“12. A combined reading of the decision rendered by Hon’ble Bombay High Court in the case of Smt. B Kaushalya and Others (supra) and the decision rendered by Hon’ble Supreme Court in the case of Dilip N Shroff (supra) would make it clear that there should be application of mind on the part of the AO at the time of issuing notice. In the case of Lakhdir Lalji (supra), the AO issued notice u/s 274 for concealment of particulars of income but levied penalty for furnishing inaccurate particulars of income. The Hon’ble Gujarat High Court quashed the penalty since the basis for the penalty proceedings disappeared when it was held that there was no suppression of income. The Hon’ble Kerala High Court has struck down the penalty imposed in the case of N.N.Subramania Iyer Vs. Union of India (supra), when there is no indication in the notice for what contravention the petitioner was called upon to show cause why a penalty should not be imposed. In the instant case, the AO did not specify the charge for which penalty proceedings were initiated and further he has issued a notice meant for calling the assessee to furnish the return of income. Hence, in the instant case, the assessing officer did not specify the charge for which the penalty proceedings were initiated and also issued an incorrect notice. Both the acts of the AO, in our view, clearly show that the AO did not apply his mind when he issued notice to the assessee and he was not sure as to what purpose the notice was issued. The Hon’ble Bombay High Court has discussed about non-application of mind in the case of Kaushalya (supra) and observed as under:-

“….The notice clearly demonstrated non-application of mind on the part of the Inspecting Assistant Commissioner. The vagueness and ambiguity in the notice had also prejudiced the right of reasonable opportunity of the assessee since he did not know what exact charge he had to face. In this back ground, quashing of the penalty proceedings for the assessment year 1967-68 seems to be fully justified.”

In the instant case also, we are of the view that the AO has issued a notice, that too incorrect one, in a routine manner. Further the notice did not specify the charge for which the penalty notice was issued. Hence, in our view, the AO has failed to apply his mind at the time of issuing penalty notice to the assessee.”

12. The aforesaid discussion clearly brings out as to the reasons why the parity of reasoning laid down by the Hon’ble Supreme Court in the case of Dilip N. Shroff (supra) is to prevail. Following the decision of our coordinate Bench in the case of Dr. Sarita Miind Davare (supra), we hereby reject the aforesaid argument of the ld. CIT-DR.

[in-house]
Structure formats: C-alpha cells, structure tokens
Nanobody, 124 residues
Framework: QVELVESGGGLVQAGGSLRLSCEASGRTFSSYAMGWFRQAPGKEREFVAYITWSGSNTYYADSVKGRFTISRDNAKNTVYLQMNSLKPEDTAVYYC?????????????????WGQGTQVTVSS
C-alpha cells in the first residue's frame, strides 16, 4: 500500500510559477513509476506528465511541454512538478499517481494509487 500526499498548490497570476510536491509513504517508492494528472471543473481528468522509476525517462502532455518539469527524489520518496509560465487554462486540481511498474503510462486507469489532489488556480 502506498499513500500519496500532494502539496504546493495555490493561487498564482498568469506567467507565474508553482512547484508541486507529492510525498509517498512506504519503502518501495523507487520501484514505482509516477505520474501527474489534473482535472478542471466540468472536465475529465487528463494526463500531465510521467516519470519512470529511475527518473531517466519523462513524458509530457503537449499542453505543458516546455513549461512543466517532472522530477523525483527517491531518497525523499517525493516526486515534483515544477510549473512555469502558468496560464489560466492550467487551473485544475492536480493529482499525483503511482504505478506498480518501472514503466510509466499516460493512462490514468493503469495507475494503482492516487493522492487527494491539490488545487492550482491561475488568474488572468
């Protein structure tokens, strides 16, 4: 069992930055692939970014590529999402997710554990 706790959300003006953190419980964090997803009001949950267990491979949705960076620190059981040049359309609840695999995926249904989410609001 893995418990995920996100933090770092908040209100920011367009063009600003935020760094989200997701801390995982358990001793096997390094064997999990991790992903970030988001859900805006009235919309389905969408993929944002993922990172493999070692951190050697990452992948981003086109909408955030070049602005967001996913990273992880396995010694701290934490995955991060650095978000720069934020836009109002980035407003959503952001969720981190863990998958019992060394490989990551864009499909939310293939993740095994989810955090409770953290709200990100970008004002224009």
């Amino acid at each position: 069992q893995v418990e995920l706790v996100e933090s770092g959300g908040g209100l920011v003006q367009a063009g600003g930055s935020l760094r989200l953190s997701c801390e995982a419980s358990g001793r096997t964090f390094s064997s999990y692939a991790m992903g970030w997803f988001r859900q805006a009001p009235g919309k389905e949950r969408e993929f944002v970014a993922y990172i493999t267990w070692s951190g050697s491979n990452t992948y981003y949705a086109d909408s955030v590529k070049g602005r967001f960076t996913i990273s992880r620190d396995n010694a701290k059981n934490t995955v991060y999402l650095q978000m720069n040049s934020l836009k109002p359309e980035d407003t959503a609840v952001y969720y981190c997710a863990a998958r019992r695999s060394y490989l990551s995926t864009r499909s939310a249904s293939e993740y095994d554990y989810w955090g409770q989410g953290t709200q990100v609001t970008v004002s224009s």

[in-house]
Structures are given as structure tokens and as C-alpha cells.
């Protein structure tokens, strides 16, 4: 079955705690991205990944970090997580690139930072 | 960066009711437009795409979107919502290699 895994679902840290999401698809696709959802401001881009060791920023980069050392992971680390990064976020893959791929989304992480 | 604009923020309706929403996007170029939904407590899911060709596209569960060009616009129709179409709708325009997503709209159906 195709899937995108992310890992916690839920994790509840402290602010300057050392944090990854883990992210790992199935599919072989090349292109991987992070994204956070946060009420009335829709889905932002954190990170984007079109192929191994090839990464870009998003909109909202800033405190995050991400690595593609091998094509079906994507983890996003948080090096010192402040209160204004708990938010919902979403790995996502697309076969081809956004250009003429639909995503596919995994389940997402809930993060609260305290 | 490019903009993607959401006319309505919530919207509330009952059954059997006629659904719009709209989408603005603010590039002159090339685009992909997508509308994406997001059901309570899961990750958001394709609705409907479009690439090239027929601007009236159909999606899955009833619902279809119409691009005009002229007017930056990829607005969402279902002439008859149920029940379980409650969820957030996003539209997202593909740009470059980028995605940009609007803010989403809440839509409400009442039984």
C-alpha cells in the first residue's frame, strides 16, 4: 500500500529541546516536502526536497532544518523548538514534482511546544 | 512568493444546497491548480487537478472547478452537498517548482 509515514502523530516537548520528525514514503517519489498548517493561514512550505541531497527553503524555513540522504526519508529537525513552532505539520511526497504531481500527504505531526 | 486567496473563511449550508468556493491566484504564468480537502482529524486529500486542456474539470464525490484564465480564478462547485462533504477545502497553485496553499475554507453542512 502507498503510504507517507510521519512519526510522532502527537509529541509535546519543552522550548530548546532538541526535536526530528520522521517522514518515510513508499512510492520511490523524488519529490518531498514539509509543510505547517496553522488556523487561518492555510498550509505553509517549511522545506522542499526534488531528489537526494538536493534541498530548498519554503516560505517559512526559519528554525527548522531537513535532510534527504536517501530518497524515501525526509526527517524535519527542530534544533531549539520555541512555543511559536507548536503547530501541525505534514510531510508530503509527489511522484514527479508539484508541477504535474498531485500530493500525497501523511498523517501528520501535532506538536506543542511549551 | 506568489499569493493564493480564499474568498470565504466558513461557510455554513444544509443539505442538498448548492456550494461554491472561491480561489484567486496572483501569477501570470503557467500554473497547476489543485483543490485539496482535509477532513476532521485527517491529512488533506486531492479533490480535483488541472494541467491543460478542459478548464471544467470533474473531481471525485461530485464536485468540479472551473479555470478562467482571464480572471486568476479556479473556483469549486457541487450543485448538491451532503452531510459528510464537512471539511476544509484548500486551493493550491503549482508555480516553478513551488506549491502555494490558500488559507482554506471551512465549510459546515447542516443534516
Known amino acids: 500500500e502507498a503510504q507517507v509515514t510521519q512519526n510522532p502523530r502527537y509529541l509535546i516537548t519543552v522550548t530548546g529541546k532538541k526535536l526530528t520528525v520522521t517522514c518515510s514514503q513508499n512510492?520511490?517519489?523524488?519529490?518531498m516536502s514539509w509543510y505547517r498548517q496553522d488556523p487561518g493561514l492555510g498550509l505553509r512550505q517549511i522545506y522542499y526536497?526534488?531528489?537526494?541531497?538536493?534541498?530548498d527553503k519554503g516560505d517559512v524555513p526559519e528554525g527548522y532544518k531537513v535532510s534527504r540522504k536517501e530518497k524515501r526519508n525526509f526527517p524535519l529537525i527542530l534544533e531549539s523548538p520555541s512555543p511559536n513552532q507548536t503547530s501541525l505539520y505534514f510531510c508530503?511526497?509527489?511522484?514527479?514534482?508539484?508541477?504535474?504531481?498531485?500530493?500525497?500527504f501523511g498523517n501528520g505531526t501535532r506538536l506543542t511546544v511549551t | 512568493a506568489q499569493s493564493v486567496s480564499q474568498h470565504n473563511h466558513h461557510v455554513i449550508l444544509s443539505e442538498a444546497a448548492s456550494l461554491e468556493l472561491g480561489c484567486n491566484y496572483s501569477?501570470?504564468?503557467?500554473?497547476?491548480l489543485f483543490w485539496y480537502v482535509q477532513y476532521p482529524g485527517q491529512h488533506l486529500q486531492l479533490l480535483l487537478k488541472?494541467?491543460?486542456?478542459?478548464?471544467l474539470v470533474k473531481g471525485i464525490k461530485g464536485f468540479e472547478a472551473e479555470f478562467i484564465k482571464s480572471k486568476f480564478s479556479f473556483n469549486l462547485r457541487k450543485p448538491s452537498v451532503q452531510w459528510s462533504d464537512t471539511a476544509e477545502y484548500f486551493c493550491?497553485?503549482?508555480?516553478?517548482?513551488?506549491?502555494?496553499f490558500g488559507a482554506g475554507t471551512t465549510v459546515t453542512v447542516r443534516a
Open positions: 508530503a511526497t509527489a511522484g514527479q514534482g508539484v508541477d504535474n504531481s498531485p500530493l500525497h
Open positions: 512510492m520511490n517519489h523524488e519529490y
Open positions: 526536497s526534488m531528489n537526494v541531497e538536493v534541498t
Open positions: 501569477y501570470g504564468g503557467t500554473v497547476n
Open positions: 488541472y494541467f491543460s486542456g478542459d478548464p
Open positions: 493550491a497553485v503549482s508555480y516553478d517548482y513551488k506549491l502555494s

13. Apart from the aforesaid discussion, we may also refer to the one more seminal feature of this case which would demonstrate the importance of non-striking off of irrelevant clause in the notice by the Assessing Officer. As noted earlier, in the assessment order dated 10.12.2010 the Assessing Officer records that the penalty proceedings u/s 271(1)(c) of the Act are to be initiated for furnishing of inaccurate particulars of income. However, in the notice issued u/s 274 r.w.s. 271(1)(c) of the Act of even date, both the limbs of sec. 271(1)(c) of the Act are reproduced in the proforma notice and the irrelevant clause has not been struck-off. Quite clearly, the observation of the Assessing Officer in the assessment order and non-striking off of the irrelevant clause in the notice clearly brings out the diffidence on the part of Assessing Officer and there is no clear and crystallised charge being conveyed to the assessee u/s 271(1)(c), which has to be met by him. As noted by the Hon’ble Supreme Court in the case of Dilip N. Shroff (supra), the quasi-criminal proceedings u/s 271(1)(c) of the Act ought to comply with the principles of natural justice, and in the present case, considering the observations of the Assessing Officer in the assessment order alongside his action of non-striking off of the irrelevant clause in the notice shows that the charge being made against the assessee qua Sec. 271(1)(c) of the Act is not firm and, therefore, the proceedings suffer from non-compliance with principles of natural justice inasmuch as the Assessing Officer is himself unsure and assessee is not made aware as to which of the two limbs of Sec. 271(1)(c) of the Act he has to respond.

14. Therefore, in view of the aforesaid discussion, in our view, the notice issued by the Assessing Officer u/s 274 r.w.s. 271(1)(c) of the Act dated 10.12.2010 is untenable as it suffers from the vice of non-application of mind having regard to the ratio of the judgment of the Hon’ble Supreme Court in the case of Dilip N. Shroff (supra) as well as the judgment of the Hon’ble Bombay High Court in the case of Shri Samson Perinchery (supra). Thus, on this count itself the penalty imposed u/s 271(1)(c) of the Act is liable to be deleted. We hold so. Since the penalty has been deleted on the preliminary point, the other arguments raised by the appellant are not being dealt with.

15. In the result, the appeal filed by the assessee is allowed, as above.

Order pronounced in the open court on 28th April, 2017.

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Category : Income Tax (24908)
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Tags : ITAT Judgments (4392) section 271(1)(c) (292)